Capt. Eugene C. McCarley (center), commander of B-company, and other members of Sgt. Gary M. Rose’s unit after Operation Tailwind, Sept. 14, 1970. Photo courtesy of Gary M. RoseCapt
U.S. Army 2nd Lt. Gary M. Rose, Field Artillery, Fort Sill, Okla., Feb. 10, 1975. Photo courtesy of Gary M. RoseCapt. Gary M. Rose served as a Special Forces combat medic during the Vietnam War
U.S. Army Pvt. 1st Class Gary M. Rose during U.S. Army Jump School at Fort Benning, Ga., September 1967. Photo courtesy of Gary M. RoseCapt. Gary M. Rose served as a Special Forces combat medic during the Vietnam War. Nearly 50 years later, Rose will be awarded the nation’s highest honor for treating 16 of his fellow Soldiers during Operation Tailwind, a four day mission in the nearby country of Laos. Under his care, all returned alive
He then dragged the wounded soldier with one hand while engaging the enemy with his weapon using his other hand.
All told, Rose was able to provide medical care credited with saving the lives of 60.
When his helicopter got shot down and crash landed, Rose got thrown away on impact, but helped pull the injured out of the wreckage and provide more medical care.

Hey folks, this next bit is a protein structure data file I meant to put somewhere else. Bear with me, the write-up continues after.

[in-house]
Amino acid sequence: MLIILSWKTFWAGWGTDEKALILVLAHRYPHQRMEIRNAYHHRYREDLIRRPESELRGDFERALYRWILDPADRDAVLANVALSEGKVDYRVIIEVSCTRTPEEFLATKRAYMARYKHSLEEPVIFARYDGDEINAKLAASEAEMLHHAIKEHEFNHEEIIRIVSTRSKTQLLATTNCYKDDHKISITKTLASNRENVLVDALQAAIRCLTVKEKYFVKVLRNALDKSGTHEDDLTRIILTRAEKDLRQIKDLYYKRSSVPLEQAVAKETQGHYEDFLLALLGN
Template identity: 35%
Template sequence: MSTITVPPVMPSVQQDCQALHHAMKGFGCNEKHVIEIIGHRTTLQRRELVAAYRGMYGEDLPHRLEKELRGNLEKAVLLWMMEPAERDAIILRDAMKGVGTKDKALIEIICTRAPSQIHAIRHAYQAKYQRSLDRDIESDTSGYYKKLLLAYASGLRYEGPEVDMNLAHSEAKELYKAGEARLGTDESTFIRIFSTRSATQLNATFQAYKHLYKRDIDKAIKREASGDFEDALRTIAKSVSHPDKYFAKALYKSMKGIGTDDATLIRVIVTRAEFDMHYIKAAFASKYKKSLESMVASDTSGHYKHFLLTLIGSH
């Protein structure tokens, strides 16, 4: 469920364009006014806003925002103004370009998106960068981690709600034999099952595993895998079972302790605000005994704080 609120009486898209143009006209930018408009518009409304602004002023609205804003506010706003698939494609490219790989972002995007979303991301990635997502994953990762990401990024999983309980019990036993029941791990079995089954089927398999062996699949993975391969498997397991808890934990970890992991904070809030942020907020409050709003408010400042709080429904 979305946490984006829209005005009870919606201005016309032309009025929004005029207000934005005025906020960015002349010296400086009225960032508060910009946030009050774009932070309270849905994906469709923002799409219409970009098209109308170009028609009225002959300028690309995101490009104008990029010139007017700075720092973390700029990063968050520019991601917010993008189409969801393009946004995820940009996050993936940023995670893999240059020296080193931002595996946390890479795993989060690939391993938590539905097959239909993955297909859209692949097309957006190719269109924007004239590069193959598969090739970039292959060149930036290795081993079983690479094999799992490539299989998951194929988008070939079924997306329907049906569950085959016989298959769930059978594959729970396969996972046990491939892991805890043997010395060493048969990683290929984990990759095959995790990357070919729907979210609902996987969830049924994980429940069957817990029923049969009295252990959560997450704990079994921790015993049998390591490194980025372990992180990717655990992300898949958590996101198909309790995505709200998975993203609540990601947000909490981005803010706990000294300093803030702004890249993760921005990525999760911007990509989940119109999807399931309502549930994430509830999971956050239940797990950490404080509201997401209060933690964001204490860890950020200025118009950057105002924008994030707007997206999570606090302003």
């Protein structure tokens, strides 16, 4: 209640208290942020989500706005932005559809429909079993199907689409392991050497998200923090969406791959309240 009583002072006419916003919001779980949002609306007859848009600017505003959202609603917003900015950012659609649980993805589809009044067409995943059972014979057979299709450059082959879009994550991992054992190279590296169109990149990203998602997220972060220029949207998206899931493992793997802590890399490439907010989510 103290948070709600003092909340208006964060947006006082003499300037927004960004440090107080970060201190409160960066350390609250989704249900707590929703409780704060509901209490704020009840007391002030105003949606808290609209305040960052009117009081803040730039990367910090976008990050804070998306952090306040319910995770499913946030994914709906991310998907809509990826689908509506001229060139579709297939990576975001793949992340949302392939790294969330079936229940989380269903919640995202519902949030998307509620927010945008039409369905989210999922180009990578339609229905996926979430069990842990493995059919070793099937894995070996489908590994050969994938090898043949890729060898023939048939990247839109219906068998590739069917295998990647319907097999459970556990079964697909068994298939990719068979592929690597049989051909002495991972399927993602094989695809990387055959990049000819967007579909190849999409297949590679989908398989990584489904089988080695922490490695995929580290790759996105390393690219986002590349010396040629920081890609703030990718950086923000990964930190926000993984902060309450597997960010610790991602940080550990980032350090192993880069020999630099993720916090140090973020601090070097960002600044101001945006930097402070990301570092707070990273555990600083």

The ceremony comes just days after Vietnam POW John McCain took an obvious shot at Trump in an interview about the war that was broadcast on C-span.
‘One aspect of the (Vietnam) conflict by the way that I will never ever countenance is that we drafted the lowest income level of America and the highest income level found a doctor that would say that they had a bone spur. That is wrong. That is wrong. If we are going to ask every American to serve, every American should serve,’ McCain said.
Trump got medical deferments for bone spurs.
The White House made preparations for the solemn ceremony even as the president got in a twitter war with Myeshia Johson, the widow of a fallen soldier who got killed in Action in Niger in Oct. 4.
Myeshia Johnson (pictured), the widow of Sgt. La David Johnson, said Monday on Good Morning America that President Donald Trump couldn’t remember his late husband’s name during a condolence call
Trump tweeted that he had a ‘very respectful conversation’ and said Sgt. Johnson’s name ‘without hesitation!’
Challenge! Trump immediately disputed Mrs Johnson’s recollection of events, insisting he was respectful and knew Sgt Johnson’s name
Trump disputed Johnson’s account of a phone call they shared shortly after her husband’ death. ‘He couldn’t remember my husband’s name,’ she said Monday on ABC’s ‘Good Morning America’ program. ‘The only way he remembered my husband’s name was because he told me he had my husband’s report in front of him, and that’s when he actually said “La David”.’
‘I heard him stumbling on trying to remember my husband’s name and that’s what hurt me most,’ she said.
The president quickly pounced on Twitter.
‘I had a very respectful conversation with the widow of Army Specialist Sgt. La David Johnson, and spoke his name from beginning, without hesitation!’ he tweeted after the interview ended. Johnson was among the four soldiers killed in an ISIS ambush this month.